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Thread: Wow, talking to State Government is like talking to a brick wall....

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  1. #1
    us
    Apr 2013
    Fairmont, West Virginia
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    Wow, talking to State Government is like talking to a brick wall....

    So I had sent a proposal to my states Historic preservation board outlining an idea that I had for this summer. The idea was that since I am an avid genealogist as well as now getting into MD'ng that this summer on an already planned trip to find the homesteading places of my family that I would take along my metal detector and see if I could find anything there. I told them that I was even willing to share what I had found with local and state museums if they would be interested in some of my findings, since I am not into it for monetary gain just for the historic value of the finds. I informed them that I knew that there were state laws and guidelines to follow for such activity that had been put in place by their office. I just got an e-mail back from them stating that I could go and find the places and could run the metal detector but that I was in no way to disturb anything at the sight. They also informed me that, like I didn't know, that taking property from land privately owned was considered theft. They finished up by telling me that they were not lawyers and that I should contact a lawyer to make sure that I was within state regulations. They said nothing about obtaining the permit that is available here in West Virginia to excavate and remove which was really what I was looking for anyways. Sorry just wanted to vent a little about it. I really just do not understand why, if they are not going to these places and looking or doing anything to research or excavate why people should not be allowed to do it with their own time and money.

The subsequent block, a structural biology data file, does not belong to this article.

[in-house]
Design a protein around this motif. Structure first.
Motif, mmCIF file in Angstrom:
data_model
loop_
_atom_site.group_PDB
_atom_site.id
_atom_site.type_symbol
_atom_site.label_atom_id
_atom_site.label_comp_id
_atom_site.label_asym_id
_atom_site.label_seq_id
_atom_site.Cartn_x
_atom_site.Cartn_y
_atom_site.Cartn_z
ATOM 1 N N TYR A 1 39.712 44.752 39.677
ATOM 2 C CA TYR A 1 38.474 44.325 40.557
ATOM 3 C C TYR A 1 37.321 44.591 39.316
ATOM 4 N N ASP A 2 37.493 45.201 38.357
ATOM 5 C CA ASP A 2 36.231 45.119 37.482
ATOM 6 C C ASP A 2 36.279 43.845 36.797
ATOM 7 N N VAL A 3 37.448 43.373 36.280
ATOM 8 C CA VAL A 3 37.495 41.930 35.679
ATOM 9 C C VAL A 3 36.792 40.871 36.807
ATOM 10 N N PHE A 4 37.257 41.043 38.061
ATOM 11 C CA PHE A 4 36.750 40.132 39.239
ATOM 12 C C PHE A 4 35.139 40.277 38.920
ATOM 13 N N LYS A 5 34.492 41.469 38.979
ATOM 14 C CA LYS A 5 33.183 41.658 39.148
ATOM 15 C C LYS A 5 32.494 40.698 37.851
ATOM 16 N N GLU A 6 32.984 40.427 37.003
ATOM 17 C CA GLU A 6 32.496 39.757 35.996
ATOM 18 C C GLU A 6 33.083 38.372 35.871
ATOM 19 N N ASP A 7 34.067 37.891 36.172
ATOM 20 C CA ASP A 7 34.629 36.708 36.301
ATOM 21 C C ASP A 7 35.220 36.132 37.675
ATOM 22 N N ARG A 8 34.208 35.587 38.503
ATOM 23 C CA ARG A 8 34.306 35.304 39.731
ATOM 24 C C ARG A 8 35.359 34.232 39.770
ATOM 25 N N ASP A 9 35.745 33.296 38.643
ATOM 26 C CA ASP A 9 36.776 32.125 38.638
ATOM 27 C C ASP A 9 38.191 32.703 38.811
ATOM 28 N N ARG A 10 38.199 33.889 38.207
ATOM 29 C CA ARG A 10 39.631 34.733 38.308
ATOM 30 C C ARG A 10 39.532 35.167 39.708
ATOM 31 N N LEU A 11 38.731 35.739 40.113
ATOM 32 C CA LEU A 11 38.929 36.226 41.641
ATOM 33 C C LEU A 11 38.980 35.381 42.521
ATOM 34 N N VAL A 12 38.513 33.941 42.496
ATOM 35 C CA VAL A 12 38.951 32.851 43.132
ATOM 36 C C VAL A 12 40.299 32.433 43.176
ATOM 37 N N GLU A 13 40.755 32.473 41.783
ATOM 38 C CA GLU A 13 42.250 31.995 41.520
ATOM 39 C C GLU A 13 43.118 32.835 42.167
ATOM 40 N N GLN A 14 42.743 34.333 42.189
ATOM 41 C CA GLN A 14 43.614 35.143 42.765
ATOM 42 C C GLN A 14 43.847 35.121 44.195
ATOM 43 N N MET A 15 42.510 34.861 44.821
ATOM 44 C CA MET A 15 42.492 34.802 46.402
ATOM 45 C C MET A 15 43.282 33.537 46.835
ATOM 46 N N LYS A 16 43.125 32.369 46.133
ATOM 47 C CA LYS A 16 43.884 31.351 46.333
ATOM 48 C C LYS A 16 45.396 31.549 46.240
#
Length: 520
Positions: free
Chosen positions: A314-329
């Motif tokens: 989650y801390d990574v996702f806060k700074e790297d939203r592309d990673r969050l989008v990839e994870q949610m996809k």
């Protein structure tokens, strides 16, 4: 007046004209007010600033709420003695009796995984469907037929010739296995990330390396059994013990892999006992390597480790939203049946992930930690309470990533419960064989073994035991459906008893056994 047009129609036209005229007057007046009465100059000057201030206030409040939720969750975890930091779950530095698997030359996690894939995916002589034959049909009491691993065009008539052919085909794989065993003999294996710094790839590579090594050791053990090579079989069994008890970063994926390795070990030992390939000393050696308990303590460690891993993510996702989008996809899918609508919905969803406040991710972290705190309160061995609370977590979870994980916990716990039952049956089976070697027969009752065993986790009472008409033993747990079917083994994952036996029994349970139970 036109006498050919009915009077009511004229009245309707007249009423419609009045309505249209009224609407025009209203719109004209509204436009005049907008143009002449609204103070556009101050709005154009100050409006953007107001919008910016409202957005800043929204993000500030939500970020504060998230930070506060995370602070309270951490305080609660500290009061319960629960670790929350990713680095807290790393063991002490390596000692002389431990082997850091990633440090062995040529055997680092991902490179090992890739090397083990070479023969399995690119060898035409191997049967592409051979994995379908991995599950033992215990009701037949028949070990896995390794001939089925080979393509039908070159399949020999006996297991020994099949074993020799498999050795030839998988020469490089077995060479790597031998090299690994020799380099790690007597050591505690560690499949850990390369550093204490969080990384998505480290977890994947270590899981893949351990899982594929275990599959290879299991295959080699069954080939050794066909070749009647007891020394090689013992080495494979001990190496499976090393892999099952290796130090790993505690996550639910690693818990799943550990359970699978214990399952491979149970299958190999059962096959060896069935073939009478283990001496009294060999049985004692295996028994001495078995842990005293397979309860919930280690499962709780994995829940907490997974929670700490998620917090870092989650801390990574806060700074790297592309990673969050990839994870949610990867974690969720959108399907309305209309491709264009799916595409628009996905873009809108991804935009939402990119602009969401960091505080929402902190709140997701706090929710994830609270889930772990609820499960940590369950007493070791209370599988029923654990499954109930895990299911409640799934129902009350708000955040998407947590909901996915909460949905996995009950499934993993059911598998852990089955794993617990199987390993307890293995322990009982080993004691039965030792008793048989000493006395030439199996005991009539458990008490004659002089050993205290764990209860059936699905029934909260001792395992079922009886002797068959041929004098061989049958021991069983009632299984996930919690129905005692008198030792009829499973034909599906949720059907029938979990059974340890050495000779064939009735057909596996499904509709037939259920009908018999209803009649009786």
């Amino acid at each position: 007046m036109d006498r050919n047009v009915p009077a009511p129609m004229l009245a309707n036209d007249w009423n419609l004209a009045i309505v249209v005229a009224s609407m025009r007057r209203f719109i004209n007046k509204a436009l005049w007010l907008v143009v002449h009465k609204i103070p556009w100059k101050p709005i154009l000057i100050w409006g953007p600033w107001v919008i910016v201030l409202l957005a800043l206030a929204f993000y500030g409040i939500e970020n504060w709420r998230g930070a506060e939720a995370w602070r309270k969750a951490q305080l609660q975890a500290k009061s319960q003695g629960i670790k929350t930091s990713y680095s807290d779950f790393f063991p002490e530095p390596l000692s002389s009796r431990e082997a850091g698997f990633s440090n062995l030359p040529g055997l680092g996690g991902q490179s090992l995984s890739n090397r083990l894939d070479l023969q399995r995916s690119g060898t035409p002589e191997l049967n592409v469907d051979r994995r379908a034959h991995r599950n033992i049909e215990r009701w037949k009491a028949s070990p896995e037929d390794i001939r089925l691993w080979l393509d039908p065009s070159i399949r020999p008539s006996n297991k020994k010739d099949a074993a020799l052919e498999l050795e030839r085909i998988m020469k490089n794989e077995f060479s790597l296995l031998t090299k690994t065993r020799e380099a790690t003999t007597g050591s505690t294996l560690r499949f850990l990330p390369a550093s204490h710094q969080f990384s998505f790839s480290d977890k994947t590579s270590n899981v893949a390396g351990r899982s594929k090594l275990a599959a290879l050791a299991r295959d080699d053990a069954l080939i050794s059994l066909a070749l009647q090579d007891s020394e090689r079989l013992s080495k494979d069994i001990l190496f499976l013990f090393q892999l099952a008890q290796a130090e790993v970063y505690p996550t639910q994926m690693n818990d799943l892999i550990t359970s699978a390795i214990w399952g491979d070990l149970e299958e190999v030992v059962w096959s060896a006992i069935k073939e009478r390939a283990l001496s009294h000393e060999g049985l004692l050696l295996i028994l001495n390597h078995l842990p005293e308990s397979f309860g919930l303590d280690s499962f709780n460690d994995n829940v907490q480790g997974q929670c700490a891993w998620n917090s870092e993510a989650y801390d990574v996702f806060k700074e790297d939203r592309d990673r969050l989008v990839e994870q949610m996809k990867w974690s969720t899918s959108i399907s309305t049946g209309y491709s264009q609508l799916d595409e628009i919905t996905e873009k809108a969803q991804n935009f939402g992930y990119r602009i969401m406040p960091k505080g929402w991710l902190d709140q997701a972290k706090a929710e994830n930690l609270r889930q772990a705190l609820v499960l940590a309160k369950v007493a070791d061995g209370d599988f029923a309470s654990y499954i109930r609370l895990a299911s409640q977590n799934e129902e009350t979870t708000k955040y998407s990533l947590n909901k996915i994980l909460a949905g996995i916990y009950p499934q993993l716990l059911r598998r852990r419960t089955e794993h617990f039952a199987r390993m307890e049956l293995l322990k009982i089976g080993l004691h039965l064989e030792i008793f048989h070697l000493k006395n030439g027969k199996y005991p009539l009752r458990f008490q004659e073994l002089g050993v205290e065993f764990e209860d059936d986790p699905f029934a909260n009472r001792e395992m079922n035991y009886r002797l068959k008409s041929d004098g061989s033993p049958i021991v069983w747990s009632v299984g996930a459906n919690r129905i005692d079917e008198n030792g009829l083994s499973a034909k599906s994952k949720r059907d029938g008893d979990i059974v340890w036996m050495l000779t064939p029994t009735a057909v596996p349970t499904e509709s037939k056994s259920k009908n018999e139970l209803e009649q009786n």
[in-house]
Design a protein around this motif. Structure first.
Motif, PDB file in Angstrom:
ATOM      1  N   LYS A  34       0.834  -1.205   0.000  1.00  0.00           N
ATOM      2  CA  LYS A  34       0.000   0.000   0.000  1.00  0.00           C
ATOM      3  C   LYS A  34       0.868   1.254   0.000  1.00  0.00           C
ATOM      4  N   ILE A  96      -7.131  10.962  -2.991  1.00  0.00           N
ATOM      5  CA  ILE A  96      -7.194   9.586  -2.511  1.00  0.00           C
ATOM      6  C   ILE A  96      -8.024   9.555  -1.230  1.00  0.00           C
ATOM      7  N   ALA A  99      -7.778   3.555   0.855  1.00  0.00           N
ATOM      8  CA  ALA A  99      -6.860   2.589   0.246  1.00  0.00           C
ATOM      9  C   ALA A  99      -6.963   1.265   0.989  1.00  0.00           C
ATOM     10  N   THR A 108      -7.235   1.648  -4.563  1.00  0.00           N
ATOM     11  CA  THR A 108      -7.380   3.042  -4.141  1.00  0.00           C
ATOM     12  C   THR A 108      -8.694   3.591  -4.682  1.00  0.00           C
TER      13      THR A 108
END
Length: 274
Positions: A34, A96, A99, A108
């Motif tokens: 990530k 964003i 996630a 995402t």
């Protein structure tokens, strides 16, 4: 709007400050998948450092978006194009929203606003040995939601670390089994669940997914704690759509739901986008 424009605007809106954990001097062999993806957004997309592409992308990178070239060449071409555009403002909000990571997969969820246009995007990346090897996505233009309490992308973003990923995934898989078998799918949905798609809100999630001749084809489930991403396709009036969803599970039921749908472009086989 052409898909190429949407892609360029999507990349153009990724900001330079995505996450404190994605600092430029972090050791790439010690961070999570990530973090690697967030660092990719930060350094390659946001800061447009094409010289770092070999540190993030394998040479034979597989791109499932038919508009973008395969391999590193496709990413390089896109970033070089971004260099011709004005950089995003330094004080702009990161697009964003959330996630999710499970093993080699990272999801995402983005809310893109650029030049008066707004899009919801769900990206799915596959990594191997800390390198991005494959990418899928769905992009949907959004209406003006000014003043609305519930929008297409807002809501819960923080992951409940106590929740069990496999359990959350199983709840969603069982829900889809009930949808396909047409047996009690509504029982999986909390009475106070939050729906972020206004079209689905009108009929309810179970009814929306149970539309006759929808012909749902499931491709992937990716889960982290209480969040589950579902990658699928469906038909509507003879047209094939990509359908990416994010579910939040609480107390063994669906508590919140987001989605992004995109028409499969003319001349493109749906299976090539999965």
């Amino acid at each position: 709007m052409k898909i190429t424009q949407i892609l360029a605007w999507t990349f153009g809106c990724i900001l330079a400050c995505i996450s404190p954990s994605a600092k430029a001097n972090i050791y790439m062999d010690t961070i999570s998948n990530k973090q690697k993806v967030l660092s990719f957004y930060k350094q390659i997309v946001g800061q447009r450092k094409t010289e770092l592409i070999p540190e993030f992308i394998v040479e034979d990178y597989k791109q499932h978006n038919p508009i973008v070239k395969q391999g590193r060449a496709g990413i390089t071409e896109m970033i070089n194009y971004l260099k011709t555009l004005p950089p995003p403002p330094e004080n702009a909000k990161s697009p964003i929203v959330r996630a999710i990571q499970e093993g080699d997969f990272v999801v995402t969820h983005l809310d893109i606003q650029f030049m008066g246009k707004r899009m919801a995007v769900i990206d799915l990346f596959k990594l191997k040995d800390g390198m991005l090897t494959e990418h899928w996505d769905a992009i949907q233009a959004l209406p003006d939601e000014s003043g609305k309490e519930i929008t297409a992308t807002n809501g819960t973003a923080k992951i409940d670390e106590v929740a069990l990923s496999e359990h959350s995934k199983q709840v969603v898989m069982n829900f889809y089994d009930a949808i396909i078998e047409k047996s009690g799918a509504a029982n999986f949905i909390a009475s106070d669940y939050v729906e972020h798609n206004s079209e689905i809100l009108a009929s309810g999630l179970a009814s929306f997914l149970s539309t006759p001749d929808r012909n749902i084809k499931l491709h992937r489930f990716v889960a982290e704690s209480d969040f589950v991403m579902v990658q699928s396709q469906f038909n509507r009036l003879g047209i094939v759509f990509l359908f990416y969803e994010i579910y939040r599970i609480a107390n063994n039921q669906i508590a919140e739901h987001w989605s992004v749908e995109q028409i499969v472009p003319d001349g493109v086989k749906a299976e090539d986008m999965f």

2. #2
    us
    Oct 2009
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    Permit for what? Are you hunting on private land? Don't involve any level of government in your metal detecting, it will never end well for you.
    scotty544 likes this.

  3. #3
    us
    Apr 2013
    Fairmont, West Virginia
    Treasure Hunter VLF, Teknetics Alpha 2000, Garrett Pro-Pointer
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    Code Book: West Virginia Code Citation: §20- 7A-5 Section Title: Archeology; permits for excavation; how obtained; prohibitions; penalties

    Summary: Prohibits a person from excavating, removing, destroying, injuring or defacing a historic or prehistoric ruin, burial ground, or archeological or paleontological site, including saltpeter workings, relics or inscriptions, fossilized footprints, bones or any other such feature which may be found in any cave.